Research & Policy
Policy Matters Ohio

Policy Matters Testifies in Support of Ohio Fuel Production Task Force Bill

November 16, 2005

Policy Matters Testifies in Support of Ohio Fuel Production Task Force Bill

November 16, 2005

Testimony in Support of House Bill 371 - Wendy Patton, Policy Liaison, Policy Matters Ohio

Good morning Mr. Chairman and members of the committee. My name is Wendy Patton and I am the policy liaison in the Columbus office of Policy Matters Ohio. Policy Matters Ohio is a non-profit, non-partisan research institute focused on issues that affect low- and middle-income Ohioans. My testimony today reflects the work we do with the Apollo Alliance, a non-partisan, national organization which is dedicated to building a broad-based constituency in support of a sustainable and clean energy economy that will create good jobs, reduce dependence on foreign oil, and create cleaner and healthier communities. Thank you for hearing this testimony.

Mr. Chairman, we applaud the effort and interest in creating a Fuel Production Task Force in Ohio. It is through such such forums that opportunities become possibilities and possibilities become part of an enhanced economy.

We want to emphasize three ways in which this Task Force could study ways to broaden opportunities for fuel production in Ohio, beyond the traditional energy realms of petroleum and coal. We respectfully suggest that the Task Force include representatives from renewable energy sources and experts in energy efficiency as well as representatives from the sectors named in the bill.

Broadening the scope of the task force stands to benefit Ohio in three key ways. One is job creation. Ohio has good industrial infrastructure for production of component parts for the renewable energy production sectors. In our detailed report, which I have provided for each of you, we find that more than 20,000 jobs can be created across the state in manufacturing such parts. The potential job gains exceed all but three other states, and include 13,000 jobs from wind investment, 6,000 from solar, 1,800 from geothermal, and 1,800 from biomass. The jobs are spread throughout the state as 85 of the 88 counties in Ohio have one or more firms that currently manufacture products that could be used in renewable energy production. These jobs would be created if there were state and national policies implemented to move energy supply for new growth in energy demand toward renewable sources. This task force could be the body that recommends such policies for the state of Ohio and even works with legislators in other states to encourage them to implement policies that promote an expansion of renewable energy supply.

I attached to your copy of our report on this matter projected jobs in renewable energy production component parts manufacture in your county or counties. While there are no names of companies provided, you probably know the companies that would benefit by the product listed by NICS code on the report.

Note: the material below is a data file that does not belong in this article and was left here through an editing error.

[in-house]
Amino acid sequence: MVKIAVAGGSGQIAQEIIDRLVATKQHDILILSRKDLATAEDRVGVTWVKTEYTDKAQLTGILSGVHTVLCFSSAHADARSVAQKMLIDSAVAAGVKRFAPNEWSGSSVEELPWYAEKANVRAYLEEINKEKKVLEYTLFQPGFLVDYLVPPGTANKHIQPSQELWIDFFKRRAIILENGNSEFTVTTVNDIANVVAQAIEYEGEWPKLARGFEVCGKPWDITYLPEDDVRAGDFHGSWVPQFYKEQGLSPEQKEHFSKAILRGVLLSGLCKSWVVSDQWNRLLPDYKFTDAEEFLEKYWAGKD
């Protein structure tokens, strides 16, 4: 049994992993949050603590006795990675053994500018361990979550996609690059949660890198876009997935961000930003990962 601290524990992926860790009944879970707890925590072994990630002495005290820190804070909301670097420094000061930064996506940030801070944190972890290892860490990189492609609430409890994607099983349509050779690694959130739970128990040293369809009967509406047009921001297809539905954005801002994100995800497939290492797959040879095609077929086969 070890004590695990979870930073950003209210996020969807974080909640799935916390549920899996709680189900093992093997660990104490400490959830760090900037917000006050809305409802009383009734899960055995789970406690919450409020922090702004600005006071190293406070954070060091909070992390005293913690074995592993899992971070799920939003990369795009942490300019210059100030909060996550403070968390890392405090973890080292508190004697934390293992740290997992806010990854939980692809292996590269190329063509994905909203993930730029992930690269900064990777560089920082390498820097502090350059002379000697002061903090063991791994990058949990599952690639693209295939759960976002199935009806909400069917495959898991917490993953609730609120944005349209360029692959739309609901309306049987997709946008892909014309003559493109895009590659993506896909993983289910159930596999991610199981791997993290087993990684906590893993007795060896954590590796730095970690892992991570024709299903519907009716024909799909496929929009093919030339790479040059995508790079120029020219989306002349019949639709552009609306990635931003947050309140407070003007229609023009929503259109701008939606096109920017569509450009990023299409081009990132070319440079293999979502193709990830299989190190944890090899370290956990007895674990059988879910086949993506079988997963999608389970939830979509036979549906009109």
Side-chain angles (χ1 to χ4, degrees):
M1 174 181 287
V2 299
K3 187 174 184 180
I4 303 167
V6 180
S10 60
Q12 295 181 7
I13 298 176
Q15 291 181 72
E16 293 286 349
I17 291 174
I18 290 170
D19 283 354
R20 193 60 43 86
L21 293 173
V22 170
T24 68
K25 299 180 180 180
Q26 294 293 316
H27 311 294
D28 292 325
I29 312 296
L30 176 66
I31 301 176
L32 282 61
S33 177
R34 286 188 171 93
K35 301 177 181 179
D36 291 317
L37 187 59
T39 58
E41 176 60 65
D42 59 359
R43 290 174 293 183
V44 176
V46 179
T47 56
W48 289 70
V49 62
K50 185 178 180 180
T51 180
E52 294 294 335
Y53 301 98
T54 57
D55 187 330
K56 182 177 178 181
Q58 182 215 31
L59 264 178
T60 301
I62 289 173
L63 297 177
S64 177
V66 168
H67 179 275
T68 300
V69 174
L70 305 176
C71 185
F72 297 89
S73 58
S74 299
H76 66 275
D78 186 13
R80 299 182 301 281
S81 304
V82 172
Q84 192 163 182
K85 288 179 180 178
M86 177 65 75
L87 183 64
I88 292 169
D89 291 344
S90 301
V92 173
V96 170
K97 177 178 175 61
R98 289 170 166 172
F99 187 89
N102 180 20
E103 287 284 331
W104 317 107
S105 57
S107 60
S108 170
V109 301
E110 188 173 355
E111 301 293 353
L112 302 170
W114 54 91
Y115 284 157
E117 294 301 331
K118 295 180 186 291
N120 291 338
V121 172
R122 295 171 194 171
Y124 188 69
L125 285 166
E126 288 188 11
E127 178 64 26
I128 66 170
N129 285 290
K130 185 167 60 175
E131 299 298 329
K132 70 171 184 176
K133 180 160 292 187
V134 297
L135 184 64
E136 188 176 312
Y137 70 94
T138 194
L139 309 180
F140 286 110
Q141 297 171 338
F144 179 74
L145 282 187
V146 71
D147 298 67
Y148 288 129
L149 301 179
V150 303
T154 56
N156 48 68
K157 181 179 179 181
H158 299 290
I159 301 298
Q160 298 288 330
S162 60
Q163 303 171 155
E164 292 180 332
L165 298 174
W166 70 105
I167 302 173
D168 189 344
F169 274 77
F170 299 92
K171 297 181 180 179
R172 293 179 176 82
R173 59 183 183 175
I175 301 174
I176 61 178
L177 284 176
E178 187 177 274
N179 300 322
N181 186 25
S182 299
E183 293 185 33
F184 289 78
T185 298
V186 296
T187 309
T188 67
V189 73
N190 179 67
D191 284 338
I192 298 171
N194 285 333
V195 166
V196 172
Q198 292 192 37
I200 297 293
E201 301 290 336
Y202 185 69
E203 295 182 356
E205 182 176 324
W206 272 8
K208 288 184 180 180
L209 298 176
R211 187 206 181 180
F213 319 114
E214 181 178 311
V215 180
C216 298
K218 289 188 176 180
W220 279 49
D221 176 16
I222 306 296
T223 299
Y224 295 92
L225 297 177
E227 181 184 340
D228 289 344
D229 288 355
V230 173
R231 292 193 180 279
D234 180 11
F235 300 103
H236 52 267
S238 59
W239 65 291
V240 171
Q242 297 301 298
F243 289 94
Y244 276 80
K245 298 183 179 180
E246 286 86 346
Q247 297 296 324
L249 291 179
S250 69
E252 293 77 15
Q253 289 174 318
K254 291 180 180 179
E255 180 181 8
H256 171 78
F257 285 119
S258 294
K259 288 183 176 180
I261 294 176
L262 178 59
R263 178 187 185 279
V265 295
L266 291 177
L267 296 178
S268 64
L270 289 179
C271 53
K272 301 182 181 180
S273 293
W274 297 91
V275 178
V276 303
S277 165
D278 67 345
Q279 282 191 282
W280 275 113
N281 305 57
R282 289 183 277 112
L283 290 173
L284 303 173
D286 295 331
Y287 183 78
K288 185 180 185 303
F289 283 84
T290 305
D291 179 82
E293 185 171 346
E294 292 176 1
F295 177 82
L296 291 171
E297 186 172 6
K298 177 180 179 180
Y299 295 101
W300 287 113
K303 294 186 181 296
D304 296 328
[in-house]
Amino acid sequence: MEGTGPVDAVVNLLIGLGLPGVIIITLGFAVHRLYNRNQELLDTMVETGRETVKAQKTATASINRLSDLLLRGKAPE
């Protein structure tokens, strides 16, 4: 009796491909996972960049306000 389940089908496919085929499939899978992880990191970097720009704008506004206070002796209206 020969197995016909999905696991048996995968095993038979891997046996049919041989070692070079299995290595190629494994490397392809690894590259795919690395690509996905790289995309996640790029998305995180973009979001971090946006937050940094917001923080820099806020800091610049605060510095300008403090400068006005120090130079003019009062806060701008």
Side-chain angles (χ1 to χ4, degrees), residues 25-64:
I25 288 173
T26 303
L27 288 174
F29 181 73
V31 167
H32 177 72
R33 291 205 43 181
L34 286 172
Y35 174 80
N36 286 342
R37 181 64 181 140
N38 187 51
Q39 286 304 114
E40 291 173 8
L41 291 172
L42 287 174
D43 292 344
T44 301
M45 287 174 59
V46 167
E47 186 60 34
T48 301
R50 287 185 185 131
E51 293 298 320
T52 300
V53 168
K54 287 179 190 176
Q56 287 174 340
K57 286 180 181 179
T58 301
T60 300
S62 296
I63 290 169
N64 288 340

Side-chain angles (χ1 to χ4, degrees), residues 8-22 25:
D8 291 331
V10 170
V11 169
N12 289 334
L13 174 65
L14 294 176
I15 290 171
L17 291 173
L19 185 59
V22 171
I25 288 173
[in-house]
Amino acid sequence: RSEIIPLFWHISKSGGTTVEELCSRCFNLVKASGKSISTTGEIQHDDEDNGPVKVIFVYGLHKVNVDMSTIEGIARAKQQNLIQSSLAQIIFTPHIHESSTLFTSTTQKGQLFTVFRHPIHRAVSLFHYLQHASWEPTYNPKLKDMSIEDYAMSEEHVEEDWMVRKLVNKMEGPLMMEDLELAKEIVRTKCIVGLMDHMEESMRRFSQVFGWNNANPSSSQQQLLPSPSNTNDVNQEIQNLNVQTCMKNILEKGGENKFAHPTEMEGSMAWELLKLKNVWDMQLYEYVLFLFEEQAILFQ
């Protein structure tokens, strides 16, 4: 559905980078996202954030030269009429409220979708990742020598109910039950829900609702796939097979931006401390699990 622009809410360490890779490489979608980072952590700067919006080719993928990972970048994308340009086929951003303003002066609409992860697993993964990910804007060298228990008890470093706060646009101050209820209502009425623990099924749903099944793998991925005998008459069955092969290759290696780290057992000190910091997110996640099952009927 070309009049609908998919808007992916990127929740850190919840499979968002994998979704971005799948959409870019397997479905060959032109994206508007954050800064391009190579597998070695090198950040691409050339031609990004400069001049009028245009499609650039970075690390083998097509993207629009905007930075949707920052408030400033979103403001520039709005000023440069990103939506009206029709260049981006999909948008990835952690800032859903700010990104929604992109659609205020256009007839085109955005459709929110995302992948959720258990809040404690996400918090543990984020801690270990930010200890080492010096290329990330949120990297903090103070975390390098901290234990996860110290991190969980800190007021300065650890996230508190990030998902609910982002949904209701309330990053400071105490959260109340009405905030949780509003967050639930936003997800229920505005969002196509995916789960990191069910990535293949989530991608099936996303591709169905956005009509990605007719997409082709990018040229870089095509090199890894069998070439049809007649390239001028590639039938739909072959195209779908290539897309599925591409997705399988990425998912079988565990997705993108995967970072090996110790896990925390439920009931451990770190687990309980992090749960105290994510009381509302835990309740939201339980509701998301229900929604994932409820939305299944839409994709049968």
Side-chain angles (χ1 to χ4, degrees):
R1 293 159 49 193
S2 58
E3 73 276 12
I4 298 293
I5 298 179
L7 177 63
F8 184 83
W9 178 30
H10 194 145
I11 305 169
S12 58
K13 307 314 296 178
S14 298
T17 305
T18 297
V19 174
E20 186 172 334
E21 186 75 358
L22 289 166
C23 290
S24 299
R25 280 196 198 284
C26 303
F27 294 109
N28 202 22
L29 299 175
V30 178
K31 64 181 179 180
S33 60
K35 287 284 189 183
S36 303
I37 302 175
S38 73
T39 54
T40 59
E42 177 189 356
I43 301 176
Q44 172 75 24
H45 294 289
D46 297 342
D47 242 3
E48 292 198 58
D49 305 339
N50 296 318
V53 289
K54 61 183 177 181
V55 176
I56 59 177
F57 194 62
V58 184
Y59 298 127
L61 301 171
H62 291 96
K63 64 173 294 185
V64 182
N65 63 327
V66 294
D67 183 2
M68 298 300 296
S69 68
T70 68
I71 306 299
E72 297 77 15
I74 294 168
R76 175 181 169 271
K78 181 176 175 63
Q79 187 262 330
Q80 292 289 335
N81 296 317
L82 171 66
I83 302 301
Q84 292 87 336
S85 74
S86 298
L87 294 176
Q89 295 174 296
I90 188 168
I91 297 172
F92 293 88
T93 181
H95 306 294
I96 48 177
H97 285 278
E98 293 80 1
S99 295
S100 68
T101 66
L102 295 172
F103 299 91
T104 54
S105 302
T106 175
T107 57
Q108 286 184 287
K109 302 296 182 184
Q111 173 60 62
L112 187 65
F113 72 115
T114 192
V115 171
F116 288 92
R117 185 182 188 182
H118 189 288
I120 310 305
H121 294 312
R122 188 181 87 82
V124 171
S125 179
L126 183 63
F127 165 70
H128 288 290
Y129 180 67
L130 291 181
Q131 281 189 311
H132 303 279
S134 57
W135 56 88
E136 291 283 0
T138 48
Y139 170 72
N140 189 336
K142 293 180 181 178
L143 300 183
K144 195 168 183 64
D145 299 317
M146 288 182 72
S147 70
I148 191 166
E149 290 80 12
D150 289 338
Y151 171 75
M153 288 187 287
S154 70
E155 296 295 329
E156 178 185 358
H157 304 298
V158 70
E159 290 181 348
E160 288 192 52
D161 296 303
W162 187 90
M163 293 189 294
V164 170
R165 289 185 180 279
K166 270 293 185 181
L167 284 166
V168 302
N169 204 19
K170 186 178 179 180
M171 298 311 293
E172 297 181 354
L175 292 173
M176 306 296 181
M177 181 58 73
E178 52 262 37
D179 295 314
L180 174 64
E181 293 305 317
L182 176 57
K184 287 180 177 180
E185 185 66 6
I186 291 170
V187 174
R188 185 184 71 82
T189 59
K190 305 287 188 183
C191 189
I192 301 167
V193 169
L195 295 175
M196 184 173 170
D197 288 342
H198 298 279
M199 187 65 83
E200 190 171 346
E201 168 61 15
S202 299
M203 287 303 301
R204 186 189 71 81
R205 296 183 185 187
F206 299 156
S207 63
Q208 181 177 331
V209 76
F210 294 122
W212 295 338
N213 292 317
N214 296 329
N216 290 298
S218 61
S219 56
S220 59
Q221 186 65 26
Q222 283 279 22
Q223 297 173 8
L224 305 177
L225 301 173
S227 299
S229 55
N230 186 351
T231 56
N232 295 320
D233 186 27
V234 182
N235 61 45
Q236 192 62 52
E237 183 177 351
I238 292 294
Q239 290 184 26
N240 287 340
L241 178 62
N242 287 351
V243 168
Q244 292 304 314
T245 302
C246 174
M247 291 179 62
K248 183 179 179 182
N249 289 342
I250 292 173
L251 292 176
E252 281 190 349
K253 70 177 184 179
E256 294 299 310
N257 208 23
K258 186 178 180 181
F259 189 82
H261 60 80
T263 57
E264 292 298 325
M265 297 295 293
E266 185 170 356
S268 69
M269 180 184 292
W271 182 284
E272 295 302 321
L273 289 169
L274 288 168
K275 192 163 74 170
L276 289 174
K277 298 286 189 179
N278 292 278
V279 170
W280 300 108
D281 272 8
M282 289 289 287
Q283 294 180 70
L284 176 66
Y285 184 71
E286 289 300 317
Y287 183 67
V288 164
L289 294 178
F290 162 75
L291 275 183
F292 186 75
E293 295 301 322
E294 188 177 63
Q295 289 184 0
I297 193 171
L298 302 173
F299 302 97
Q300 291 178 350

Second, in addition to manufacturing parts for expanding renewable energy production across the nation, Ohio can produce renewable energy itself, primarily through biomass and wind power, which would add jobs, bring money into the economy, and add to the domestic energy supply. Green Energy Ohio has found extremely promising results from a wind turbine set offshore of Lake Erie, not to mention the wind turbines that have well exceeded expectations in Bowling Green. The agricultural parts of Ohio would also benefit greatly from biomass use.

Third, fuel production is extremely important but can only succeed with energy efficiency measures, specifically better construction of buildings. We therefore recommend that the taskforce look at efficiency options as well as current fuel production. More than half of the fuel and energy usage in the country comes from buildings. Ohio, like the rest of the nation, must become more efficient in its energy use in addition to producing better fuel. Investing and understanding high performance building principles such as building placement, window types, natural light use, and lighting controls can save millions of dollars in energy costs. The construction and transportation for this effort could also be localized to create jobs.

In sum, we applaud Representative Buehrer for introducing House Bill 371 to create the Fuel Production Task Force. We respectfully ask the Chair, the Representative, and the members of the committee to consider broadening its scope and composition to capture the spectrum of opportunities for job creation and energy savings for Ohio in the evolving national focus on domestic energy supply.

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